In Part I, we talked about the history of how we got started into the Socialist mire of entitlements. While FDR and the New Deal introduced us to Social Security, it was future generations and future presidents that made the matter worse. They did so not just because it would buy them votes in upcoming elections, but they each learned that people spoke so highly and favorably about FDR and the New Deal, and they wanted a legacy of their own to match his.
Apparently, each of these presidents missed that line about “the government that governs least, governs best.”
LBJ needed a history lesson when he launched his “war on poverty.” In 1835, Alexis de Tocqueville submitted an Essay on Pauperism to the Royal Academic Society of Cherbourg. The Essay addressed an odd paradox: why, in the most affluent nation in the world (at the time it was England) was there a massive problem of “pauperism” (what we would now call “welfare”: poor people on poor relief)?
In France, Spain, and Portugal, he found that the people were significantly much poorer monetarily than in England. He also found that the average Spaniard was poorer than an English pauper on poor relief. The great paradox is that in none of these poorer countries was there a “pauper problem” of the magnitude that drove English society and English politicians nuts. We apparently never looked back into history to learn of its lessons, because we would have found that the number of eligible poor who actually apply for welfare will increase as welfare benefits go up — as they did throughout the 1960s, 70s, and to this very day. When welfare payments, Medicaid, and food stamps compete with low wages, many poor people prefer welfare. It’s only rational. In large cities across the US, welfare benefits are better than low-wage jobs.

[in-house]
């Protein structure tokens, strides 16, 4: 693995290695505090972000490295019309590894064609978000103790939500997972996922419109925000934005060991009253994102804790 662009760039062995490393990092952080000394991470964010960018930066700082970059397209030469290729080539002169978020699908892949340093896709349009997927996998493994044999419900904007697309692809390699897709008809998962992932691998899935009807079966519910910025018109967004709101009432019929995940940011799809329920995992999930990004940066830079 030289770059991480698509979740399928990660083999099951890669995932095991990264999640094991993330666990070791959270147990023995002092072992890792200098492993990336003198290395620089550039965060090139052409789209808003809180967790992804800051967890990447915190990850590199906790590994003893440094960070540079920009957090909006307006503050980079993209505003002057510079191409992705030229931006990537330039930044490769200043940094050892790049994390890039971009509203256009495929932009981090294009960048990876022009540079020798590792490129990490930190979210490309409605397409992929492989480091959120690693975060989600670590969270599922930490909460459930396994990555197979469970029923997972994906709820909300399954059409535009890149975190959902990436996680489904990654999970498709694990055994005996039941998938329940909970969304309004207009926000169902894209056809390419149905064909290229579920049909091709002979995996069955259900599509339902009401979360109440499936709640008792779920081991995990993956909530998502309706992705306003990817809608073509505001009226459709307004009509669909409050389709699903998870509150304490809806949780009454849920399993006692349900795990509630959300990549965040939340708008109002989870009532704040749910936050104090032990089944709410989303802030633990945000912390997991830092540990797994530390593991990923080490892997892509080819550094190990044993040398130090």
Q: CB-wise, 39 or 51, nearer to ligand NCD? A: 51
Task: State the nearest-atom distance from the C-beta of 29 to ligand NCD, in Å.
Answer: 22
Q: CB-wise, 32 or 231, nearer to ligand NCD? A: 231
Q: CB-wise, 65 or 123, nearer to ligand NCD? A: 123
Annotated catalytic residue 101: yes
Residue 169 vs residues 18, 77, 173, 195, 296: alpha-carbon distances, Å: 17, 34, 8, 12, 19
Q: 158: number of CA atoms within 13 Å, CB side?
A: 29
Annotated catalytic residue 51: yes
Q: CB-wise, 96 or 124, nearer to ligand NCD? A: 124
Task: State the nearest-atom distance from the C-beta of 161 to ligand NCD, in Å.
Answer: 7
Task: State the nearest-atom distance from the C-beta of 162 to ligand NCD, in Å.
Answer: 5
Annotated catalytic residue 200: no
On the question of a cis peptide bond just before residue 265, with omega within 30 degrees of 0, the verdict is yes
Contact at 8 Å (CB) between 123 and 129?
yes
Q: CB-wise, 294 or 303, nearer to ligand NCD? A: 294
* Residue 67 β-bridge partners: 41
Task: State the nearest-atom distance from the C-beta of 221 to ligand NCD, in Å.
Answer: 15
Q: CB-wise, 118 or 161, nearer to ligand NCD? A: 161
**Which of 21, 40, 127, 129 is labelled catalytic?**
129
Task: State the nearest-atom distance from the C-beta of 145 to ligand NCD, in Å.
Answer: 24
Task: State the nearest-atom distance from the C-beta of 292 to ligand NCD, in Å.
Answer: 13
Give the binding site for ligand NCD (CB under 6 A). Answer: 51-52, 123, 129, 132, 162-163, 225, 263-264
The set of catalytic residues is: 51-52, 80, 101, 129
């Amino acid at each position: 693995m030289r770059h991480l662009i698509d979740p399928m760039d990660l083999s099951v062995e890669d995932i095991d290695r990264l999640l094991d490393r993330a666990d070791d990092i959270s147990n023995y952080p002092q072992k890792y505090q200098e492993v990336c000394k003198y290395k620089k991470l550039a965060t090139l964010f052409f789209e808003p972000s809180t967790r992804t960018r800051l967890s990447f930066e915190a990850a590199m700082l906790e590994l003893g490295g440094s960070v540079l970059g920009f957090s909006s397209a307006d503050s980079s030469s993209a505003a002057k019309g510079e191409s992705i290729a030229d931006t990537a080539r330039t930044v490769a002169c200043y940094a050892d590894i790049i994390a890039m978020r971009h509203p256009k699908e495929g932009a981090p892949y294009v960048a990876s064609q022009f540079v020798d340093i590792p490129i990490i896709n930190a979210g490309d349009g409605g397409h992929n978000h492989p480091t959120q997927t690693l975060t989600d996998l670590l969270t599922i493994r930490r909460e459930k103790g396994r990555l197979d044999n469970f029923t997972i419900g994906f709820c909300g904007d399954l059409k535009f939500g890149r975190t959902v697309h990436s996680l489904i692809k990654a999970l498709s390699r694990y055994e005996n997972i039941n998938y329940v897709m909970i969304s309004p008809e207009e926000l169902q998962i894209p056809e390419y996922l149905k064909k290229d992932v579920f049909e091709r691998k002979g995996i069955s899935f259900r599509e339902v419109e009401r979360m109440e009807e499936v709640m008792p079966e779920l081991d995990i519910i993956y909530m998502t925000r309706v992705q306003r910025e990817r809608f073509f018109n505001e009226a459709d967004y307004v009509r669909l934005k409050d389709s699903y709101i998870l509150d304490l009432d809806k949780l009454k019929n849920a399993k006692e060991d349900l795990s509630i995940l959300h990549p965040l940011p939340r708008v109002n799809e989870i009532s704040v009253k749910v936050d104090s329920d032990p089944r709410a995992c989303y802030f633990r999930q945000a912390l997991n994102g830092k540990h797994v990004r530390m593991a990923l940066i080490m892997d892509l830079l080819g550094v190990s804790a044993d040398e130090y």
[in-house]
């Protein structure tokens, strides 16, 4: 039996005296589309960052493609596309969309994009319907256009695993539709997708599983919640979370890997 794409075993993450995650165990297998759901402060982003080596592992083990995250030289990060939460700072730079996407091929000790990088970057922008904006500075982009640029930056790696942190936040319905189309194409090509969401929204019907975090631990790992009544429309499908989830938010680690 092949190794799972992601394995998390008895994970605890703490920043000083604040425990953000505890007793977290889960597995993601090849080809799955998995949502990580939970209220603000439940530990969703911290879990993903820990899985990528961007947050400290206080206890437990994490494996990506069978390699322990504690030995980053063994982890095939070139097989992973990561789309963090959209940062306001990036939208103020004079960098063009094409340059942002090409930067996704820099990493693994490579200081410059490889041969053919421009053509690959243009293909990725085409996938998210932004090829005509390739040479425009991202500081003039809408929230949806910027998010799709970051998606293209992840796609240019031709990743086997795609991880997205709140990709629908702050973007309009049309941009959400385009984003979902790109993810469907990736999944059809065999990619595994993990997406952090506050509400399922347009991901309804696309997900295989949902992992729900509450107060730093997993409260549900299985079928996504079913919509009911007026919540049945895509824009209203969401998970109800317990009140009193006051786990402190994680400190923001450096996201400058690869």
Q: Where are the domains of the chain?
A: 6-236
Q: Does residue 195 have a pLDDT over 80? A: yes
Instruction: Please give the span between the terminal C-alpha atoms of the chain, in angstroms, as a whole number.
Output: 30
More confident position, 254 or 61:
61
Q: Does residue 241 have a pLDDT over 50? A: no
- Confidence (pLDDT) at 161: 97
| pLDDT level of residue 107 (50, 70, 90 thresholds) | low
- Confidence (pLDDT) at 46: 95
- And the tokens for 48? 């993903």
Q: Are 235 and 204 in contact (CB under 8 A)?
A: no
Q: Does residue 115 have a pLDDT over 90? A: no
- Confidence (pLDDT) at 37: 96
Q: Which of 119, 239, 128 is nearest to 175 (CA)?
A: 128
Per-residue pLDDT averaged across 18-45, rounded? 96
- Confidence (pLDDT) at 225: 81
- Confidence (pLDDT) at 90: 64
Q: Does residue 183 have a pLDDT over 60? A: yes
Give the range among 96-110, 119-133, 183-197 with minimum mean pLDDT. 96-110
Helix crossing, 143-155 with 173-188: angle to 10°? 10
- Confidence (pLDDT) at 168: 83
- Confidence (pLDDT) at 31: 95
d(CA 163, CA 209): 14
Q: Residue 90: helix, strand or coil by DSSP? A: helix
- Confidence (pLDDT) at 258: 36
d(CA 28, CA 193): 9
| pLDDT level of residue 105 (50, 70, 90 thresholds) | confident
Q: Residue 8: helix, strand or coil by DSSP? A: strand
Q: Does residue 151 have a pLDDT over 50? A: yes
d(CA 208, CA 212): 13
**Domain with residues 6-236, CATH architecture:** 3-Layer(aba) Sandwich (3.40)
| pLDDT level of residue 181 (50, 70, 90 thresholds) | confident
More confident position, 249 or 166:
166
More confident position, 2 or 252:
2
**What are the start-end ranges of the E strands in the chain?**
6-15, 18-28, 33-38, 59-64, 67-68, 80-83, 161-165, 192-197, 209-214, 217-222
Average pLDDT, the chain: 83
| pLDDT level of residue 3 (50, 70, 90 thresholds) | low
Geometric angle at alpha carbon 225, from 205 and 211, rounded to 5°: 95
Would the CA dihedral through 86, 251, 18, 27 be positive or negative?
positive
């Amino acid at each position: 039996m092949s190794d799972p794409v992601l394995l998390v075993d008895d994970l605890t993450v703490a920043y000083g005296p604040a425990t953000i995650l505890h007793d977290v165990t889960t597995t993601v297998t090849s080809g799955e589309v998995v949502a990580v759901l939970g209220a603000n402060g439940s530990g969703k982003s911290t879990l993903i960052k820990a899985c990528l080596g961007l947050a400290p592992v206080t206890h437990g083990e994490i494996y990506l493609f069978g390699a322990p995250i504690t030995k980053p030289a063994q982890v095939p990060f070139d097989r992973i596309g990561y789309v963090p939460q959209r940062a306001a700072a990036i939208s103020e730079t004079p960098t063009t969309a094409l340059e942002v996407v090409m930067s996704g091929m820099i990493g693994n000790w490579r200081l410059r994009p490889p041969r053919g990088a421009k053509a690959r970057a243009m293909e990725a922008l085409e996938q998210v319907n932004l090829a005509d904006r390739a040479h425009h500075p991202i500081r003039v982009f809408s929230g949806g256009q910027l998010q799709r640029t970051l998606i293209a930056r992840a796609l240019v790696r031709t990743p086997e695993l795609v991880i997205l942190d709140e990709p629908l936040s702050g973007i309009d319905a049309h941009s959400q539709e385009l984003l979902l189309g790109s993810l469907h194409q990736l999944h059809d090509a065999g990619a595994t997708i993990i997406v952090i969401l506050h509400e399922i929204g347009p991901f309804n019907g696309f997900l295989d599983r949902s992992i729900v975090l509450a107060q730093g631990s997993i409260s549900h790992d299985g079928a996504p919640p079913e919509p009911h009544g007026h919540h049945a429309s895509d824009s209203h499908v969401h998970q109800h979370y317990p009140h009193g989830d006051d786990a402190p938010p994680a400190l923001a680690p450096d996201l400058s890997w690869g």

Further compounding the Big Government mess was President George W. Bush’s prescription drug entitlement program. While the logic seems sound (“Why pay $80,000 for heart surgery through Medicare to fix a problem that could have been prevented by $8,000 worth of medicine?”) it is nothing less than another government hand-out. It is no different than any other, and again, it removes personal responsibility, personal
charity, and free markets from the equation. Those three things are the pillars of a free society, blessed with personal liberties. Removing any of the three weakens the hold we have on liberty; removing all three
plunges us toward the abyss.
Tomorrow: Part III — The Excuses